Updated on January 28, 2017
Group homes have become one of the fastest growing businesses within the human services field. More states are moving to community-based services and downsizing large institutions. This transition has created an increase in demand for group homes that allow residents to live in regular neighborhoods and become a part of their community. This change in treatment focus has made the group home business extremely competitive. Established agencies are getting competition from new providers looking to profit from the much sought out Medicaid dollar. Why wouldn’t they cash in? Group homes can make anywhere from $80,000 - $90,000 a year per resident. This doesn’t even include rent that is also paid to the group home agency from SSI benefits. Residential services are one of the most important services case managers have to coordinate. Extreme care should be taken when helping clients find the right home. You would do the same if you were looking for a home for your family. The same care should be taken for your clients. I have listed a few things that families look for in a group home and how you can create a great home experience for your clients.
Location- Location is an important factor when thinking about opening a group home for several reasons. Choosing the right city, neighborhood, and area is critical in attracting clientele and creating the most appropriate environment. Research the cities that would work best for your agency. In my experience, most group homes tend to be in the same city as the central office. This allows for a quick response in the case of a medical or behavioral emergency. Once established, agencies can expand to multiple cities.
You may want to choose a location that is away from busy streets for safety purposes. Many clients tend to wander and a busy street may pose a hazard.
Funding- Funding sources also play a key role in determining where you decide to set up a group home. Most homes that serve the intellectually disabled are funded through Medicaid Waiver. Each state administers the Waiver system differently. Based on my experience, larger cities tend to receive more waiver “slots” or individual funding allocations for clients. Larger cities often tend to have more people on the wait list for services and are more likely to receive a larger allocation of waiver slots.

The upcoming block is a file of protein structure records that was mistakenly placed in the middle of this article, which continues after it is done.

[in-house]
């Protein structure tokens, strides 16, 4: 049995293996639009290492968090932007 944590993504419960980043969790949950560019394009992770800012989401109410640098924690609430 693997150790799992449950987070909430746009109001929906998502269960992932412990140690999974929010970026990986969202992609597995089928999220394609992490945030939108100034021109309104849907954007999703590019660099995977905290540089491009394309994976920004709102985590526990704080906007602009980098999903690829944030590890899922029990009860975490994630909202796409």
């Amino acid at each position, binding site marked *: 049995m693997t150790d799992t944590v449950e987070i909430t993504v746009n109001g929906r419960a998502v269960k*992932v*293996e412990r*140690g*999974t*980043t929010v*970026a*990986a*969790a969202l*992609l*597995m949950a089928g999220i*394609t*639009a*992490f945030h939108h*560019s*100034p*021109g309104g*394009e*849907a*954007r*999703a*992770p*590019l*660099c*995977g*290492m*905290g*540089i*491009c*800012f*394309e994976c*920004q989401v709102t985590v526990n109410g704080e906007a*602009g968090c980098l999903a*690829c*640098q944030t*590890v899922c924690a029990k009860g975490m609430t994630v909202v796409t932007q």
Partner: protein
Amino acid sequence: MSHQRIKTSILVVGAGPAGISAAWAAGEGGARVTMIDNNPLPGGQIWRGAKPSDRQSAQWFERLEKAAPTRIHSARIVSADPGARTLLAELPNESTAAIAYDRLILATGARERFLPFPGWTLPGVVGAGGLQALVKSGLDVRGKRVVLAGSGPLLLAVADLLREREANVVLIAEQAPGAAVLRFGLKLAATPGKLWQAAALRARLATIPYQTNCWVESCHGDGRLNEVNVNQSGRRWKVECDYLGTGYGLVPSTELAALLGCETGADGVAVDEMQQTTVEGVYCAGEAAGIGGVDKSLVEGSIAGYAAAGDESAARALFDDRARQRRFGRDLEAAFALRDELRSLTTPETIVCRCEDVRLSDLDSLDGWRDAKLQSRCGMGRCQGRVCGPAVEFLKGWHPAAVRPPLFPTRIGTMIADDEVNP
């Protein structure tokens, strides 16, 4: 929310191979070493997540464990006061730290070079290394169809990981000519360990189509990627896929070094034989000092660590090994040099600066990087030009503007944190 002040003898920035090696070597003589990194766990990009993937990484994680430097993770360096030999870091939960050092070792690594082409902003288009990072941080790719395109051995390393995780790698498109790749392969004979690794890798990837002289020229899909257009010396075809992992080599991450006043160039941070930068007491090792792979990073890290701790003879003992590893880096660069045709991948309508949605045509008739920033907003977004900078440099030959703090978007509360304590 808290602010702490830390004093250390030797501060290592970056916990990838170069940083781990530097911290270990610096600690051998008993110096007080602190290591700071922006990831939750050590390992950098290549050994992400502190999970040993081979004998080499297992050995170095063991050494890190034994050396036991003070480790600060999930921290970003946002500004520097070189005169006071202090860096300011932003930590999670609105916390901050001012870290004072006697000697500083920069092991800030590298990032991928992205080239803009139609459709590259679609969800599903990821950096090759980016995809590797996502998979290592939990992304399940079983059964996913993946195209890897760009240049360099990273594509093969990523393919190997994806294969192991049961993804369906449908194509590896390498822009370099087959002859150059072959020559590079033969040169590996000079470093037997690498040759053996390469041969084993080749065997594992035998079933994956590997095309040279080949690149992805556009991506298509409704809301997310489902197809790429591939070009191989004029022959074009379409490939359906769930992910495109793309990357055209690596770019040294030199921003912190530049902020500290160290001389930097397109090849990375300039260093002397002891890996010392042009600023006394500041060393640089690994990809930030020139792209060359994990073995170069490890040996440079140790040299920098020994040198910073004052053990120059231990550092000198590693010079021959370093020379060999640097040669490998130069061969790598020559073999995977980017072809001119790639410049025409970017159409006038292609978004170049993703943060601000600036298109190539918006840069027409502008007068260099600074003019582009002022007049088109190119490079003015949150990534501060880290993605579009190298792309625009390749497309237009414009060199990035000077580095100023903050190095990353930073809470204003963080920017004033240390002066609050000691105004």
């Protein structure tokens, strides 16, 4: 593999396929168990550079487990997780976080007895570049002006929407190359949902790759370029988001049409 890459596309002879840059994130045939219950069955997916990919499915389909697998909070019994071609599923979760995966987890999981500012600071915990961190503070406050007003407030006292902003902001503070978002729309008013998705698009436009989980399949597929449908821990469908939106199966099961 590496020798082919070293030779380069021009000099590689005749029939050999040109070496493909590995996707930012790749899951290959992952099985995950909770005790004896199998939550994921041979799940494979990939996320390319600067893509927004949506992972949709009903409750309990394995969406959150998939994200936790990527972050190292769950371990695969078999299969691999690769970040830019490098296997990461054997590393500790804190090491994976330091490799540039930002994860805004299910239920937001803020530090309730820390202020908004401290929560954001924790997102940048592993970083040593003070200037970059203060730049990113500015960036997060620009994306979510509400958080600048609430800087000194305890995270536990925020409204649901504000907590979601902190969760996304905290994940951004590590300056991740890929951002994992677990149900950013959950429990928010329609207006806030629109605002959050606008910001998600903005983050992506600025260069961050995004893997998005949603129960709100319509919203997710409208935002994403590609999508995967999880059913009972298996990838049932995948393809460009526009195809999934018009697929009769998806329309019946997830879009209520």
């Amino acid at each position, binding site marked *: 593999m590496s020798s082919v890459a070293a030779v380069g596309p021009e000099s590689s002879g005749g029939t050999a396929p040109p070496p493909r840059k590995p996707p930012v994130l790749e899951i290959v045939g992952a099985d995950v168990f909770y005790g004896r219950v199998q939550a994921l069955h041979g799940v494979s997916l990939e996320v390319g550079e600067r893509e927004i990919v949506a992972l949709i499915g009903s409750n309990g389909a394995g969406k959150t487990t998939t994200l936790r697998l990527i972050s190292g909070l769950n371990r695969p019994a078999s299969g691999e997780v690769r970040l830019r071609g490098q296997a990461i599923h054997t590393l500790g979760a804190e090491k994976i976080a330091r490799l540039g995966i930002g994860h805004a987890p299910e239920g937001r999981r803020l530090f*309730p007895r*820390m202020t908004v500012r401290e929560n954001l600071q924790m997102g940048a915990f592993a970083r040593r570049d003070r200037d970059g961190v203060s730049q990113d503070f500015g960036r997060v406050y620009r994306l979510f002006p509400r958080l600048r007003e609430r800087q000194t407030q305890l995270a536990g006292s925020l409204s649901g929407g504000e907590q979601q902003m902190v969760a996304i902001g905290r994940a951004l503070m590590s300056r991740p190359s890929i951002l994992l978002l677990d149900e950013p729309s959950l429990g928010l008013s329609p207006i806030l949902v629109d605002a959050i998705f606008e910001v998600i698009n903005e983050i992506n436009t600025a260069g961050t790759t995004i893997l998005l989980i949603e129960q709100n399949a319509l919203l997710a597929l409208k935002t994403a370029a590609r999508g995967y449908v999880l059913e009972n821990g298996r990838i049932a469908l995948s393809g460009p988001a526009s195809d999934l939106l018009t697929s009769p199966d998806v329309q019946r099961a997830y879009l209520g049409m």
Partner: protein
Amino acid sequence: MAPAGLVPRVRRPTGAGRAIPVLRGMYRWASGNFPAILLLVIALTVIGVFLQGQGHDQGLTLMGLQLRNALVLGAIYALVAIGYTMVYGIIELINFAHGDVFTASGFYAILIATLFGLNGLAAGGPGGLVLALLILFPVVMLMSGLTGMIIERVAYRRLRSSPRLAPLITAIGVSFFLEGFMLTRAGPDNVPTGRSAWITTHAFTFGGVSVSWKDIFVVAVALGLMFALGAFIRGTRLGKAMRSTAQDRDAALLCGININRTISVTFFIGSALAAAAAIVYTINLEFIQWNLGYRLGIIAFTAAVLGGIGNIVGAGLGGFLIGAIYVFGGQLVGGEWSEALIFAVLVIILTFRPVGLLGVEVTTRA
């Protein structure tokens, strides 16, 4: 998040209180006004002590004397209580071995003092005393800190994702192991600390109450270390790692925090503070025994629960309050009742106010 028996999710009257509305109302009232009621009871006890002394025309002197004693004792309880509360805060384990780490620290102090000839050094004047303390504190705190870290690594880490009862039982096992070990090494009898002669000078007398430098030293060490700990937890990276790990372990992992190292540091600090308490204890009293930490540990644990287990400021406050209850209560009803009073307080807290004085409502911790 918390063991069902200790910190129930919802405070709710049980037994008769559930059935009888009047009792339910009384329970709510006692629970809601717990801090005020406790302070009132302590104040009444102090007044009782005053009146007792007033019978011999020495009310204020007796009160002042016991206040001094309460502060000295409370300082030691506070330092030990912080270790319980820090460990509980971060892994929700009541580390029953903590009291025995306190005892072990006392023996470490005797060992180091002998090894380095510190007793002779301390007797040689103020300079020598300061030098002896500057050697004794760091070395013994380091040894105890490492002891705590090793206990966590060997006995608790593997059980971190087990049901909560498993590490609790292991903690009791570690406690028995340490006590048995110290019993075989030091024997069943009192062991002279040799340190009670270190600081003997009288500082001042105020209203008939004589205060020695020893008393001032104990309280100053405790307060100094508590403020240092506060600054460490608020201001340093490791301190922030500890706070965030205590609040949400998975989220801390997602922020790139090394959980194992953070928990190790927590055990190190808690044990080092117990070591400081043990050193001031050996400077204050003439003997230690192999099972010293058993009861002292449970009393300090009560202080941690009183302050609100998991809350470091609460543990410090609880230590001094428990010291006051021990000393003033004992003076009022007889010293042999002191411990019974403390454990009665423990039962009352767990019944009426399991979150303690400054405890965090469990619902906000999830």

Timing is also important when considering the funding source. States usually allocate wavier funding every fiscal year, which begins on July 1st and ends on June 30th each year. The end of July and the beginning of August is one of the best times to conduct open houses and grand openings for new group homes.
Accessibility-Accessibility is also a key aspect when looking to start a group home. The ideal home would have bedrooms downstairs and upstairs to accommodate clients who are less mobile. Wheelchair ramps and handicap friendly bathrooms are also good selling points. Wheelchair access is important and ranch style homes seem to do well for group homes since everything is on the first floor. This style of home is ideal for residents with mobility issues.
Privacy- Privacy is also important. Shared bedrooms are a mistake in my opinion. I’ve seen providers do this to make more money. However, adults need privacy and it can cause some liability issues. Honestly, shared bedrooms are pretty much a "no" in my book. I feel if you're going to pay $600-$700 (or more in some cases) in rent, you should at least have your own room.
Community Activity- Group homes should be providing more than just a roof and a place to sleep. Residents should be involved in community activities and receive training to become more independent. Some case managers have done home visits between 4:30pm and 5:00pm and witnessed residents preparing for bed. Residents are required to have some skill building activities.
Develop Connections- Developing professional connections is important when starting any business. This is especially true when working in the human services field. Word of mouth referrals from case managers and other human services professionals account for most group home placements. Most Waiver programs require a case manager to be involved in the coordination of services so it’s important to establish good professional relationships with local Community Services Boards and Human Services Departments.
Create a Website- Just about everyone has access to the internet. Websites provide a great opportunity to market your agency. Case managers can provide this information to families and they can research the agencies for themselves. The website also provides an opportunity for a virtual tour before the face to face site visit. The virtual tour is also a useful tool for case managers who are often too busy to tour every new group home when it opens.
Use Social Media- Social is another free method to market your program. Facebook and Twitter are probably the best platforms to market and provide information about the services that you can provide.
Local Agencies- The last but not the least is the old fashion phone call or providing information to local agencies. Some public agencies designate an area for provider information and this can be distributed to potential clients and families. This is the perfect place to leave your company business cards, brochures, and pens, etc.